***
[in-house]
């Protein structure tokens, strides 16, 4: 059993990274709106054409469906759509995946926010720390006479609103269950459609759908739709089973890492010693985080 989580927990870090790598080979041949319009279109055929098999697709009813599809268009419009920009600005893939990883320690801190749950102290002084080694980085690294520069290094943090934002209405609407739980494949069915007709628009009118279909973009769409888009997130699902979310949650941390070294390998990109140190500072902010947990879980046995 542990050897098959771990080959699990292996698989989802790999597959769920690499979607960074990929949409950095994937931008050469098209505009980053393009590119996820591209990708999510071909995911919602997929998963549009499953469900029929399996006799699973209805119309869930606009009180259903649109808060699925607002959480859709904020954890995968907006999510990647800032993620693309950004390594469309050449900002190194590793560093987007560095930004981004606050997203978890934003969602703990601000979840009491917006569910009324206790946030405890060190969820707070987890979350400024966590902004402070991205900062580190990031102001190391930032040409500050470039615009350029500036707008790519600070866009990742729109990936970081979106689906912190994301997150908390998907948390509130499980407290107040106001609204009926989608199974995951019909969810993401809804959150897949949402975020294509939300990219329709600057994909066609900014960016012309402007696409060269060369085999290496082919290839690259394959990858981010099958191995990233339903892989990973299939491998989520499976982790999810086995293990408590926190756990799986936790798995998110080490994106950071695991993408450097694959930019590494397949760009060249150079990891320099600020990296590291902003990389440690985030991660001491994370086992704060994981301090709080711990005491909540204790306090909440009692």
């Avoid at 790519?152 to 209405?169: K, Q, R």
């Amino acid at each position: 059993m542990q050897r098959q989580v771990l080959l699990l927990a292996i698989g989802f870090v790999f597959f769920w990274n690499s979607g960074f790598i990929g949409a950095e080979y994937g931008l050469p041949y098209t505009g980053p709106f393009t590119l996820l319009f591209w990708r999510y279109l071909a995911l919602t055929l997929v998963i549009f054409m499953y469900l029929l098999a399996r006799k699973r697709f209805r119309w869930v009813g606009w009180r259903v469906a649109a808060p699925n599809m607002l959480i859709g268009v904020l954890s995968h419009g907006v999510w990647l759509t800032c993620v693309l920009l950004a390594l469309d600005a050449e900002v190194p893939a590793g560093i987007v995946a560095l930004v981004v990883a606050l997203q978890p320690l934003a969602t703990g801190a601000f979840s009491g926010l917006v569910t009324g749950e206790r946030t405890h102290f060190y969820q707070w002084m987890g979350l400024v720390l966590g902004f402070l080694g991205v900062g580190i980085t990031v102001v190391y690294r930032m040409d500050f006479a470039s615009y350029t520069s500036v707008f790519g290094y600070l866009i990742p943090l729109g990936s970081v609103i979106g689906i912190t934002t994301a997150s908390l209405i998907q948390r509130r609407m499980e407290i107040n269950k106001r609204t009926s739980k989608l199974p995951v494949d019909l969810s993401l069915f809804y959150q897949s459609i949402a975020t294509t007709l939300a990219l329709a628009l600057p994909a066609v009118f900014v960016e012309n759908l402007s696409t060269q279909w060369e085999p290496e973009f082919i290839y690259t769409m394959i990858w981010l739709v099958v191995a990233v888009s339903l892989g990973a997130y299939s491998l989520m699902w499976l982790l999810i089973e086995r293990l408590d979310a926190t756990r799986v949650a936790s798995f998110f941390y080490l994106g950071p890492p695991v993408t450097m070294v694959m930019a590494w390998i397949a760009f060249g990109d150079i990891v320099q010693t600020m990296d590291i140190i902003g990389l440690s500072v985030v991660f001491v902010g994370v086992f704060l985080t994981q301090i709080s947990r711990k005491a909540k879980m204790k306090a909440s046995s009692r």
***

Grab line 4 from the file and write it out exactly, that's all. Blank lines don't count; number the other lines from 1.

């Amino acid at each position: 059993m542990q050897r098959q989580v771990l080959l699990l927990a292996i698989g989802f870090v790999f597959f769920w990274n690499s979607g960074f790598i990929g949409a950095e080979y994937g931008l050469p041949y098209t505009g980053p709106f393009t590119l996820l319009f591209w990708r999510y279109l071909a995911l919602t055929l997929v998963i549009f054409m499953y469900l029929l098999a399996r006799k699973r697709f209805r119309w869930v009813g606009w009180r259903v469906a649109a808060p699925n599809m607002l959480i859709g268009v904020l954890s995968h419009g907006v999510w990647l759509t800032c993620v693309l920009l950004a390594l469309d600005a050449e900002v190194p893939a590793g560093i987007v995946a560095l930004v981004v990883a606050l997203q978890p320690l934003a969602t703990g801190a601000f979840s009491g926010l917006v569910t009324g749950e206790r946030t405890h102290f060190y969820q707070w002084m987890g979350l400024v720390l966590g902004f402070l080694g991205v900062g580190i980085t990031v102001v190391y690294r930032m040409d500050f006479a470039s615009y350029t520069s500036v707008f790519g290094y600070l866009i990742p943090l729109g990936s970081v609103i979106g689906i912190t934002t994301a997150s908390l209405i998907q948390r509130r609407m499980e407290i107040n269950k106001r609204t009926s739980k989608l199974p995951v494949d019909l969810s993401l069915f809804y959150q897949s459609i949402a975020t294509t007709l939300a990219l329709a628009l600057p994909a066609v009118f900014v960016e012309n759908l402007s696409t060269q279909w060369e085999p290496e973009f082919i290839y690259t769409m394959i990858w981010l739709v099958v191995a990233v888009s339903l892989g990973a997130y299939s491998l989520m699902w499976l982790l999810i089973e086995r293990l408590d979310a926190t756990r799986v949650a936790s798995f998110f941390y080490l994106g950071p890492p695991v993408t450097m070294v694959m930019a590494w390998i397949a760009f060249g990109d150079i990891v320099q010693t600020m990296d590291i140190i902003g990389l440690s500072v985030v991660f001491v902010g994370v086992f704060l985080t994981q301090i709080s947990r711990k005491a909540k879980m204790k306090a909440s046995s009692r």